One of the most important aspects of any modern eCommerce system is its ability to surface the most relevant products in response to the customers search queries.

Having a system that's robust, reliable and intelligent will go a long way in ensuring customer retention, boosting sales and attracting the envy of your competitors. Your online store could be selling thousands of great products at great prices. But what's the point of having all these amazing products, if your customers can't find the product they're looking for.

Having a sophisticated search engine that can intuitively understand what your users are looking for and adapt to their behavior over a period of time can bring massive advantages to your business over your competition.  

Most modern eCommerce systems use advanced search engines like Elastic Search, Solr or Lucene etc., behind the scenes to power their product search experience. At Tech Fabric, we've got a lot of value out of using Azure Search and it's a standard fixture in many of applications we've built for our clients. We also occasionally use Elastic Search when more advanced capabilities were needed or when clients request an on-premise solution as opposed to purely cloud based service.

These systems not only boost the search capabilities of your store, they'll also play a big role in improving the overall performance and responsiveness of your application, as a lot of HTTP GET requests (search queries) can be offloaded to a specialized and a  dedicated search service, while freeing up your system of record (Database) to handle only state change requests.

This pattern is also knows as CQRS Pattern - Command Query Responsibility Segregation. There will be separate Read and Write Models in your system. All read (HTTP GET) requests go to Azure Search and all state change (POST, PUT, DELETE) requests goes to Cosmos DB, since it's a system of record and ultimate source of truth.

The diagram below show a typical implementation of CQRS pattern we've used across many applications with very impressive results.

CQRS Pattern using CosmosDB and Azure Search

Cosmos DB has this amazing feature called 'Change Feed'. Put simply, it outputs the sorted list of documents that were changed in system and in the order in which there were modified. Any worker process can subscribe to those change and update down stream search indexes, data warehouses or any other temporary or persistent data store. The idea is to be able to create as many projections as need for any given system of record.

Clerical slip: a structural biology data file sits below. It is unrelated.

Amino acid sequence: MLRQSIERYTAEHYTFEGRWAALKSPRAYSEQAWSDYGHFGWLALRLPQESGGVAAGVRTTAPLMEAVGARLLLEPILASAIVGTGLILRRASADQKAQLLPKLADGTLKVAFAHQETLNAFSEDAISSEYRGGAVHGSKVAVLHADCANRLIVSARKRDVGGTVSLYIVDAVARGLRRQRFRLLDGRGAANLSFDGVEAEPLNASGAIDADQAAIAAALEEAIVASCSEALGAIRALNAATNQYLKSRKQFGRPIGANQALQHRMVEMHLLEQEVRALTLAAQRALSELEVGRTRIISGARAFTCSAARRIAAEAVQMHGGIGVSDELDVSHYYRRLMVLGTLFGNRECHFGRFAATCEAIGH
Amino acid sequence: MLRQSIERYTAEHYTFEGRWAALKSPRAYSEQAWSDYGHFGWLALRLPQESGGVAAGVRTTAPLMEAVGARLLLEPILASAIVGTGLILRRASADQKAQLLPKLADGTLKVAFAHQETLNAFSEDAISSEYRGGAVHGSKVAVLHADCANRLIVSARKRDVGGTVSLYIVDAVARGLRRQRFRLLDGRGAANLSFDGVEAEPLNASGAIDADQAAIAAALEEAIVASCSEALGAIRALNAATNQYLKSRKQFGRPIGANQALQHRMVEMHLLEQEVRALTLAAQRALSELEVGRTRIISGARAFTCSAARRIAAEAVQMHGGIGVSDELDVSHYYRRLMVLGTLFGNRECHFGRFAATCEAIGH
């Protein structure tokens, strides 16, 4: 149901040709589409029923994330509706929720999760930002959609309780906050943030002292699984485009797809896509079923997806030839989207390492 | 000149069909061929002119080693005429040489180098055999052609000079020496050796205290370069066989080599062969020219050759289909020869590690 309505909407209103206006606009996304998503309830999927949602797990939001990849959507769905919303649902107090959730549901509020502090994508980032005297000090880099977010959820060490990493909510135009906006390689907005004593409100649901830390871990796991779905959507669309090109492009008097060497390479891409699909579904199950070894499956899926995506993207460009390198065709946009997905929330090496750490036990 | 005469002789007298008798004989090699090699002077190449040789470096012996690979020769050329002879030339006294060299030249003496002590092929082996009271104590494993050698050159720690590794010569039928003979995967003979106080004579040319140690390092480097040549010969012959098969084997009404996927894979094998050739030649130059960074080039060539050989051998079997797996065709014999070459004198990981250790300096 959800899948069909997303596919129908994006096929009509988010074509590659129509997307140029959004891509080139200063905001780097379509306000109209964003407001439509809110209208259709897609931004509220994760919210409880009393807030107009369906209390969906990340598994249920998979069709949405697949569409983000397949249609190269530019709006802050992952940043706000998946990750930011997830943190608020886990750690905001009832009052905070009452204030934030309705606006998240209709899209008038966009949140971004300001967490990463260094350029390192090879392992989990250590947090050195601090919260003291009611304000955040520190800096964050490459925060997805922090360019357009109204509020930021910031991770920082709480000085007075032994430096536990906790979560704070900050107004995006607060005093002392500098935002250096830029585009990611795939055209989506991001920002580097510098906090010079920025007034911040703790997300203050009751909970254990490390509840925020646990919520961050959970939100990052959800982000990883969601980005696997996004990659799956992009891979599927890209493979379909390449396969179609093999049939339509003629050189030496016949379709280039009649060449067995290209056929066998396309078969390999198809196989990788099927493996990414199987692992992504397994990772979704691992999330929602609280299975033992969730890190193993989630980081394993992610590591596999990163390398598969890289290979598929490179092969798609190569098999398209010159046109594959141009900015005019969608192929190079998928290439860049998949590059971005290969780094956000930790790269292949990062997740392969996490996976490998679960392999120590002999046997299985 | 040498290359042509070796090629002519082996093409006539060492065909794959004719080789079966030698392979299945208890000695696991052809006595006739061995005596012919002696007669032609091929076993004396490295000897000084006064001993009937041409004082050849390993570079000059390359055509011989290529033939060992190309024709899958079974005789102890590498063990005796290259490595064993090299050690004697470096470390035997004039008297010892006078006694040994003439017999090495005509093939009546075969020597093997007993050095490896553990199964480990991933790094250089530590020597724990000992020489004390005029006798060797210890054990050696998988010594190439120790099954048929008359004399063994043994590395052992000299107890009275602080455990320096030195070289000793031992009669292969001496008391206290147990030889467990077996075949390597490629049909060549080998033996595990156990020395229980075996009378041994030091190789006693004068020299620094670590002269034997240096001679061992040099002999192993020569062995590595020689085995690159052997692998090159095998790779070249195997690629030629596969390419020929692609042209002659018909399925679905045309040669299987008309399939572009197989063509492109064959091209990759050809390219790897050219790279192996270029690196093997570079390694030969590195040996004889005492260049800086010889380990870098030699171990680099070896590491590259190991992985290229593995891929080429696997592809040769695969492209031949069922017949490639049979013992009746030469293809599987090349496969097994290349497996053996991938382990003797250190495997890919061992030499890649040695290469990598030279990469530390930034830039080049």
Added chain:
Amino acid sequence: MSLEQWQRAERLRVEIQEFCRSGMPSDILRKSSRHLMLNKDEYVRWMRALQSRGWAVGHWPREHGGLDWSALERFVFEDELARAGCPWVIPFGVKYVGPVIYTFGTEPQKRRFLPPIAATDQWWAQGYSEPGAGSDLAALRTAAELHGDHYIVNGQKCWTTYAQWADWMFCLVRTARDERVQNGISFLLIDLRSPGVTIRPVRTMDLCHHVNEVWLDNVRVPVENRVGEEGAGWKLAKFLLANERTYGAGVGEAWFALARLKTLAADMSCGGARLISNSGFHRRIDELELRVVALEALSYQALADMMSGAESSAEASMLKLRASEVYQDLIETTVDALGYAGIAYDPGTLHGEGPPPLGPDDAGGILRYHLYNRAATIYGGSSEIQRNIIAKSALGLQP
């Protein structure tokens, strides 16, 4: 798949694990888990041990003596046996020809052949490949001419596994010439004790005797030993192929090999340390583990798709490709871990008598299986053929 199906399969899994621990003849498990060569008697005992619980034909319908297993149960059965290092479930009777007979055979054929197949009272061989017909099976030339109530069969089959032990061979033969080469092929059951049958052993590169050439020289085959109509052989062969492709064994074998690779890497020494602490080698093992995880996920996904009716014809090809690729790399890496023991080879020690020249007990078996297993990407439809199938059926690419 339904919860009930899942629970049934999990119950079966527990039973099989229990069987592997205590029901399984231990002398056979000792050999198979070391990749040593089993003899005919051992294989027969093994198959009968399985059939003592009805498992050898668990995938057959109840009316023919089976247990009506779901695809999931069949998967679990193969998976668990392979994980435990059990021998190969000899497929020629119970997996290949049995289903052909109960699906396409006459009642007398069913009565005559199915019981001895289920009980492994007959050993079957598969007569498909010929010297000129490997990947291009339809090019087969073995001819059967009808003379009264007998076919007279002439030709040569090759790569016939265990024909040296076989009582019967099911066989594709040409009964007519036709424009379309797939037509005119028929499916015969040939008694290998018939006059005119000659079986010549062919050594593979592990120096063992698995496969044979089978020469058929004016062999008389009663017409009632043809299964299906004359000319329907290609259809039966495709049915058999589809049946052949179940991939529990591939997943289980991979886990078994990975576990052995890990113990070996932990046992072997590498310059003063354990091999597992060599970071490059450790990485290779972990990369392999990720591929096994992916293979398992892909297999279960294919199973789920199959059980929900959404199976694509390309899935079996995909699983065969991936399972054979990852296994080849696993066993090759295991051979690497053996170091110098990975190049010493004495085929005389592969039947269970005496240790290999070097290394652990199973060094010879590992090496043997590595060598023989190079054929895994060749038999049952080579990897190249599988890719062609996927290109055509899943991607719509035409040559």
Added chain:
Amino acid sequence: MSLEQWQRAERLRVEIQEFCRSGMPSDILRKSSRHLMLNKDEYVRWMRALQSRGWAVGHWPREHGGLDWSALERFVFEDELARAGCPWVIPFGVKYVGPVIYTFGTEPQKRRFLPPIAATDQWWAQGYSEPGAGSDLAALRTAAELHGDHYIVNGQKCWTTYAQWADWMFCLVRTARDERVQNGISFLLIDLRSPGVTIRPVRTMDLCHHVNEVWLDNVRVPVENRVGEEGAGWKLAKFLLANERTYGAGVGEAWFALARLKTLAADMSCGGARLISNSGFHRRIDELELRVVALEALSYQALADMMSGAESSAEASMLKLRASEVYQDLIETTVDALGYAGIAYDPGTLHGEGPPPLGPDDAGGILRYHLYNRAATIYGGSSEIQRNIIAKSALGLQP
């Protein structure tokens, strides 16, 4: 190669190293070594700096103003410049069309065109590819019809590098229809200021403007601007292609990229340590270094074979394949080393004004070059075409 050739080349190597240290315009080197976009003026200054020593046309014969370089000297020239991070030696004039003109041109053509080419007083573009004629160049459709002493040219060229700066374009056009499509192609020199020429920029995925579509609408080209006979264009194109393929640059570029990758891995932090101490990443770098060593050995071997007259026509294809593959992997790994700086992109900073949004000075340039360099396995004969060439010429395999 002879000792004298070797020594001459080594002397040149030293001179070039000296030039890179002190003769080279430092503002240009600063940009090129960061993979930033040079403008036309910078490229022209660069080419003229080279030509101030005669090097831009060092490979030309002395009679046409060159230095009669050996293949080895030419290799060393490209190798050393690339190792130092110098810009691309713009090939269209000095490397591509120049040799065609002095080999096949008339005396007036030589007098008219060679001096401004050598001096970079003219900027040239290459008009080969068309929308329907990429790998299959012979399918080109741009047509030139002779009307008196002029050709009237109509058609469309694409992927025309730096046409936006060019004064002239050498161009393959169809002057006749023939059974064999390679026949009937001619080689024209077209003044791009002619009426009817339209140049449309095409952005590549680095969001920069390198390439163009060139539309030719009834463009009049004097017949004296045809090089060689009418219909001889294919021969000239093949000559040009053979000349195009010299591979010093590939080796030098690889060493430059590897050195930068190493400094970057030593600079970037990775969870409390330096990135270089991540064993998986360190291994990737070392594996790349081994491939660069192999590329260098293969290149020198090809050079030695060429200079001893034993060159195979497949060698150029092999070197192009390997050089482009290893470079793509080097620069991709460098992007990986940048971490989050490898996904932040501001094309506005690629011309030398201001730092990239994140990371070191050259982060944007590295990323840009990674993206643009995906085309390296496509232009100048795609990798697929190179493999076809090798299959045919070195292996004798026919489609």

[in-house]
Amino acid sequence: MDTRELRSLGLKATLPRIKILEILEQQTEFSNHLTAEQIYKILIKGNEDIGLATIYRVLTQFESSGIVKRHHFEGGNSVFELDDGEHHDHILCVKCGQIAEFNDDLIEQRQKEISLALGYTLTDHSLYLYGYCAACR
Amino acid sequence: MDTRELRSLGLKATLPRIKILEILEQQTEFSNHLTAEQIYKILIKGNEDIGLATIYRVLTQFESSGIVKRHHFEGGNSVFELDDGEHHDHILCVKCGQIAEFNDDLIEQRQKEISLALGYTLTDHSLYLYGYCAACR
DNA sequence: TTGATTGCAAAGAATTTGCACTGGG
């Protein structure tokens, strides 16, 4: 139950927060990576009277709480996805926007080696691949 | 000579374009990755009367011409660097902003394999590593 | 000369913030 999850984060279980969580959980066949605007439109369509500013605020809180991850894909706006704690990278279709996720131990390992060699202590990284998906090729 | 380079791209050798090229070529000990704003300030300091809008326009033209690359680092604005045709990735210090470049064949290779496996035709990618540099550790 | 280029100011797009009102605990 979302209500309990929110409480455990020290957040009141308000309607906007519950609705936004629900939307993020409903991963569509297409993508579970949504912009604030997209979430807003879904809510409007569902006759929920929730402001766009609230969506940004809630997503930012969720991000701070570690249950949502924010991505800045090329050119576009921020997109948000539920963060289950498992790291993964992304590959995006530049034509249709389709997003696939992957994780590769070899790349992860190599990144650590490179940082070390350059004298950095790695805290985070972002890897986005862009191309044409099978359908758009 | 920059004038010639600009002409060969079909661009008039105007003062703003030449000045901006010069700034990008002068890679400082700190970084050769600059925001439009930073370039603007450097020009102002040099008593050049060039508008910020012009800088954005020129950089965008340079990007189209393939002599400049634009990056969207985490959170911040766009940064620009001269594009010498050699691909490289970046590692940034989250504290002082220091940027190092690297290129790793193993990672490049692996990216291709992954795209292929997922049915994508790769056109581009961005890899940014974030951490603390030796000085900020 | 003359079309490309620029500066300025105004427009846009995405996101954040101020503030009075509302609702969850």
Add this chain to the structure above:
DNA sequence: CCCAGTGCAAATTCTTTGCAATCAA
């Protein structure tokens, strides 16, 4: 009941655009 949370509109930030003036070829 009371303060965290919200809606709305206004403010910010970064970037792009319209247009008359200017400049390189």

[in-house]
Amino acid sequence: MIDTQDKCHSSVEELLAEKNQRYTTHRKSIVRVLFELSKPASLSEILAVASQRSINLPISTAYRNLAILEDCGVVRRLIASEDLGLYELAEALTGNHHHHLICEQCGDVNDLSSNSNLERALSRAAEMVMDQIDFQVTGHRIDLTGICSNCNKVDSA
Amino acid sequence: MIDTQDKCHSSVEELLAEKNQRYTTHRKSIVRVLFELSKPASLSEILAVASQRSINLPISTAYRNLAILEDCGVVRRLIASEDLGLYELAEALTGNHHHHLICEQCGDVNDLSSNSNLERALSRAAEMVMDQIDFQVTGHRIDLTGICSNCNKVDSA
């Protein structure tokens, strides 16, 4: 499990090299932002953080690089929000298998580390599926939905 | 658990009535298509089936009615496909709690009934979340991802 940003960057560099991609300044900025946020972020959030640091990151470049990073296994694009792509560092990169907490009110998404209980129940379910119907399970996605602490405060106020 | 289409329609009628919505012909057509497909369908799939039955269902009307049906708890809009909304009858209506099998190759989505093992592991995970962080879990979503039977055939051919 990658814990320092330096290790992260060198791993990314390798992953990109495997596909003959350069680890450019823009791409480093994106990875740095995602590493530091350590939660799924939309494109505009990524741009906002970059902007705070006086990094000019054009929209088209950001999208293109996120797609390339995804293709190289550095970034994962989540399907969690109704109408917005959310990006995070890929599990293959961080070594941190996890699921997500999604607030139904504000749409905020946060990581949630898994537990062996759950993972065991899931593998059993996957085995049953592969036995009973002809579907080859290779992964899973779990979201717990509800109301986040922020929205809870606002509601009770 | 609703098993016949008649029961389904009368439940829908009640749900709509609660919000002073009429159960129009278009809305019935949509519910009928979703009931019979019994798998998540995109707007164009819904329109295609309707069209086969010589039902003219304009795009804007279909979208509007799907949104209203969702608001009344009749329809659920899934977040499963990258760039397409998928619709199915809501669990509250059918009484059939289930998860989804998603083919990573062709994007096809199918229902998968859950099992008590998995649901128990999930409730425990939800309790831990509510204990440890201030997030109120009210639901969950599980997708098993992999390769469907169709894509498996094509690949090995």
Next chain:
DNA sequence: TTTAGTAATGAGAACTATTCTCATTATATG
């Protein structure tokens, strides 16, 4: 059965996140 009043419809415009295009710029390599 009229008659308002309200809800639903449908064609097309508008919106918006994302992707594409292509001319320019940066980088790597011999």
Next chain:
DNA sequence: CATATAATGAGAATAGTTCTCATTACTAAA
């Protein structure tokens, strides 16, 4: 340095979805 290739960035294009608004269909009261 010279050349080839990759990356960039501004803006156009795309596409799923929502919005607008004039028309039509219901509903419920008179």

In the above example, we have a worker process running in the Service Fabric cluster that subscribes to all changes happening to a particular collection in Cosmos DB. This process will continuously iterate over the change feed, get the latest changes to the documents in the collection and processes it in real time. Any changes to the documents in Cosmos DB are instantly pushed to an index in Azure Search.

For ex, if a user purchases an item from your eCommerce store, the QOH (quantity on hand) for that product will be updated right away in Cosmos DB. The worker process will subscribe to the change feed in Cosmos DB, identifies the change in QOH and update the new value in Azure Search index, in near real-time. Next time, when a user goes to the product page, the change in quantity on hand is reflected on the interface.

This might be difficult to grasp at first or even feel weird, but once you get the hang of it and when implemented correctly, it can bring massive benefits to your business by breaking down data silos between different business units. By providing the most accurate information about your business to downstream applications in real-time, you're empowering them to make critical business decisions.

Armed with this knowledge, the business units  that subscribe to this data can build rich applications that addresses their business needs, which otherwise would've been impossible without having real-time access to the data.

By segregating Read and Write Models, you're using the best of both the worlds. You get to leverage the power of search engines and their advanced search capabilities to show the most relevant data and at the same time, using the globally distributed and other cutting edge features of Cosmos DB to build robust highly scalable system of record.

In the next part, I'll walk you through the implementation process of setting up Cosmos DB collection, configuring change feed, consumers subscribing to change feed to update Azure Search index and finally demonstrating the use of separate Read and Write models.  Stay tuned for more..

I hope you find this article helpful and I'd be happy if you share your own tips in the comments!